Tauranga teenagers are reportedly risking their lives in a schoolyard game that has killed more than 80 children in the United States.
Known by various names, including Space Monkeys, The Choking Game and Snuff, the game has children strangling each other to the point of unconsciousness, for a brief moment of euphoria.
A Tauranga mother, who would not be named, said she was "blown away" to learn her 15-year-old son had this week let his friend strangle him until he blacked out. Making inquiries, she found out the game was well-known among teenagers and was even played during school.
When her son and his friend returned home from the park this week, she noticed her son's face was pale, and his lips were a shade of blue. He also had a vacant stare in his eyes, while his friend's eyes were bloodshot.
She asked them what they had been doing, and after some persuasion, they told her they had been playing "Space Monkeys".
"Basically they used a jersey to strangle each other until they passed out. Then their friend stands by and waits ... they can be passed out for between two to six seconds, and apparently, when they come to, they can be twitching.
"I had never heard of anything like that before and when I was told about it, I thought, 'that's the stupidest bloody thing I have ever heard of in my life'," she said.
She researched the practice on the internet and found it was a worldwide game played mostly by males between the ages of 9 and 16, to achieve an altered state of consciousness.
It gave a light-headed, buzzy feeling, similar to the feeling just before someone faints.
"To these kids, it's a bit of a high, a bit of a buzz," she said.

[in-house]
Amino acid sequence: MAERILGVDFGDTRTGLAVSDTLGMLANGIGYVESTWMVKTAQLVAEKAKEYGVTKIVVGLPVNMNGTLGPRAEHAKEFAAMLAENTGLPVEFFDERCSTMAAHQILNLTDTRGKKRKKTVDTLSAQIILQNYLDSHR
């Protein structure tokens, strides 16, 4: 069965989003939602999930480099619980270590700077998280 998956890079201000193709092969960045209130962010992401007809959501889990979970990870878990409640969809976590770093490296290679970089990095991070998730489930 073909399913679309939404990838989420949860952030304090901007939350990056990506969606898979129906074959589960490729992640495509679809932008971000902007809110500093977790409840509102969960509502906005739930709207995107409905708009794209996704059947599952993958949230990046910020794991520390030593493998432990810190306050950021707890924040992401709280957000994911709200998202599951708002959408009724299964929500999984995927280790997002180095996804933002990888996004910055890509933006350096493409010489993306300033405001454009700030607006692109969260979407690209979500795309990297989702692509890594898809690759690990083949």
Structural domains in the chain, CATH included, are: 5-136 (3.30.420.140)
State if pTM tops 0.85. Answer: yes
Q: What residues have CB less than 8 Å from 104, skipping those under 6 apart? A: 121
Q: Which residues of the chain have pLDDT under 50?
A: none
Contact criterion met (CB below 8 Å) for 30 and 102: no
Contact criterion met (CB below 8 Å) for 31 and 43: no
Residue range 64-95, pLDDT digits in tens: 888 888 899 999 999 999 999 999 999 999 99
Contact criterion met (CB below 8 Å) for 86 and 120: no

She wanted to raise awareness of the game among other Tauranga parents and said she hoped she had "freaked her son out enough to stop".
Her son admitted he had played Space Monkeys four times since he learnt about it through friends, a week earlier.
Doctor John Matson, of Central Med, said the game was a risky practice, with lots of potential for damage.
As well as causing brain damage and short-term memory loss by cutting off oxygen, it could cause seizures, strokes and even cardiac arrest.
The most likely damage would be to the larynx and trachea in the throat.
"If you pull hard enough, it breaks some of those things before it breaks the interior of the neck," he said.
At least 82 teenagers were reported to have died in the United States from the choking game.
Children playing the game alone had died when they passed out and the knot was not loosened.
There was the potential forthose deaths to be mistaken as suicides.
Child psychotherapist Augustina Driessen said she had heard of similarly dangerous games.
She believed tendencies towards such games came from too much television and Playstation, which slowed brain development and resulted in aggression.
"I think there is so much influence from the Playstation and television and a lot of things they see, they model," she said.
Geoff Opie, president of the Western Bay of Plenty Principals' Association and principal of Otumoetai Primary, had never heard of the game.
"If this is how some of the kids are getting their kicks, it's only going to end in tragedy," he said.